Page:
Minimally Invasive, Anterior, and Posterior Hip Replacement
Revolutionary options for hip replacement surgery through minimally invasive, anterior, and posterior approaches
What is a total hip replacement?
The hip joint is called a “ball and socket” joint because the top of the thigh bone is ball-shaped and fits into part of the pelvic bones. Normally, a person’s hip joint can move smoothly in many directions. However, problems with the hip joint can cause pain, stiffness, and limited movement. In hip replacement surgery, an orthopaedic surgeon replaces parts of your hip joint with artificial parts to ease pain and improve movement. Erlanger Orthopaedics offers revolutionary options for hip replacement surgery through minimally invasive, anterior, and posterior approaches.
How are these approaches different from traditional hip replacement?
Minimally Invasive Hip Replacement: These techniques may reduce the incision to 4 inches or less, compared to 6–12 inches for traditional hip replacement. The incision is typically along the anterior (front), lateral (side), or posterior (rear) of the hip.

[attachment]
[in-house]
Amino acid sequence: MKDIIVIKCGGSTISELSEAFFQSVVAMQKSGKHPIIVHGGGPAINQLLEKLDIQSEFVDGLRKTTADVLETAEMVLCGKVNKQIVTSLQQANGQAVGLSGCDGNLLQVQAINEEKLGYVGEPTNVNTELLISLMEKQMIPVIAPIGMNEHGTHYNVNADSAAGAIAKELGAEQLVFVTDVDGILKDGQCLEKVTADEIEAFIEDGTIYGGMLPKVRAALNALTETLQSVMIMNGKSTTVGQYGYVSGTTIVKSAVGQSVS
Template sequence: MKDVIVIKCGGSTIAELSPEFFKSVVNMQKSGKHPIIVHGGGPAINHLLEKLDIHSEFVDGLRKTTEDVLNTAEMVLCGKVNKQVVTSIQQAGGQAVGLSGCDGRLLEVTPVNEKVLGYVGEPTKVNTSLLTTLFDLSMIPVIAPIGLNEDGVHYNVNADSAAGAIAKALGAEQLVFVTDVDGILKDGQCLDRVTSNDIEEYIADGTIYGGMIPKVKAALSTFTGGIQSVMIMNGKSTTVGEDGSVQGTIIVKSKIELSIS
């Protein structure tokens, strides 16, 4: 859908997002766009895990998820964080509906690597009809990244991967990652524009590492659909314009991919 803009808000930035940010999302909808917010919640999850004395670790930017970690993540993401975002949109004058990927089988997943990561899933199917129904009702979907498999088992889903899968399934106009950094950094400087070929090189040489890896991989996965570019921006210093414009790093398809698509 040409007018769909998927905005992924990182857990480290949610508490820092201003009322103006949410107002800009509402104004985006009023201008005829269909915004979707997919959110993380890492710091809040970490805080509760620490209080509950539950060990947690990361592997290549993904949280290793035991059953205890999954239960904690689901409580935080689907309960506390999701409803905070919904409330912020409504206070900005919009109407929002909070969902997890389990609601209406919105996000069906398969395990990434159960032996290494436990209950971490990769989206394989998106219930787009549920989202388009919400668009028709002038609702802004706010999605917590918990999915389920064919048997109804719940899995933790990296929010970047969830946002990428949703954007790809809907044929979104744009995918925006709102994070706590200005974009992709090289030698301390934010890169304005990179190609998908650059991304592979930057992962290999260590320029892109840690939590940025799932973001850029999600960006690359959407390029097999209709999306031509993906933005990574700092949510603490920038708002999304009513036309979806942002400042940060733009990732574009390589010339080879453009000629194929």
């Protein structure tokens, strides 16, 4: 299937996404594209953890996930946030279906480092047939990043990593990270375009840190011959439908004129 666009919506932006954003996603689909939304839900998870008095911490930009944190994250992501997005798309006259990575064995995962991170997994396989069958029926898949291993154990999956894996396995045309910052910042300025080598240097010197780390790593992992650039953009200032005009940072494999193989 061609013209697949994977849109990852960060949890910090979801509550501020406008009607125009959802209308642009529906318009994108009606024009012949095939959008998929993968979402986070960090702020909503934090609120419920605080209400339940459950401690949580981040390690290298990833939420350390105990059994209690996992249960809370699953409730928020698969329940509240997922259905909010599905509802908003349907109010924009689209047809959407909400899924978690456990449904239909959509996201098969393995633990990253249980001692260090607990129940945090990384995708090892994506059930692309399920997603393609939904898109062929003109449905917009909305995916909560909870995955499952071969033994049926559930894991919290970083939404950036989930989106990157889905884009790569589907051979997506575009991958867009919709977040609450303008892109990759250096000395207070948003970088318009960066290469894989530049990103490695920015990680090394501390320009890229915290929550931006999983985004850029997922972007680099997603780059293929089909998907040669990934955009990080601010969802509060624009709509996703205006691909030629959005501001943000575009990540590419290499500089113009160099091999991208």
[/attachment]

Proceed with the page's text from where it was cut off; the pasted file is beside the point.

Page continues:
Anterior Hip Replacement: In this approach, the surgeon makes the incision at the front of the hip and works between a natural separation in the muscles to access the hip joint. This is also called “muscle-sparring” surgery because no muscles are cut to access the hip joint. Watch video of Dr. Higgins talking about Anterior Hip Replacement
Posterior Hip Replacement: In this most common approach for total hip replacement, the surgeon makes the hip incision at the back of the hip close to the buttocks.
What are the benefits?
- Less muscle damage. Minimal or no muscle cutting (anterior approach), for greater hip stability after surgery.
- Smaller incision. Decreases blood loss, surgical time, surgical trauma, and postoperative pain, while allowing quicker rehabilitation and a shorter hospital stay.
- Faster recovery. Allows bending at the hip and bearing weight as soon as it is comfortable after surgery. Most patients can use a walker or cane sooner than patients who have had a traditional hip surgery.
- Decreased risk of hip dislocation. Minimizes disturbance of the muscles and soft tissue structures that naturally prevent the hip from dislocating.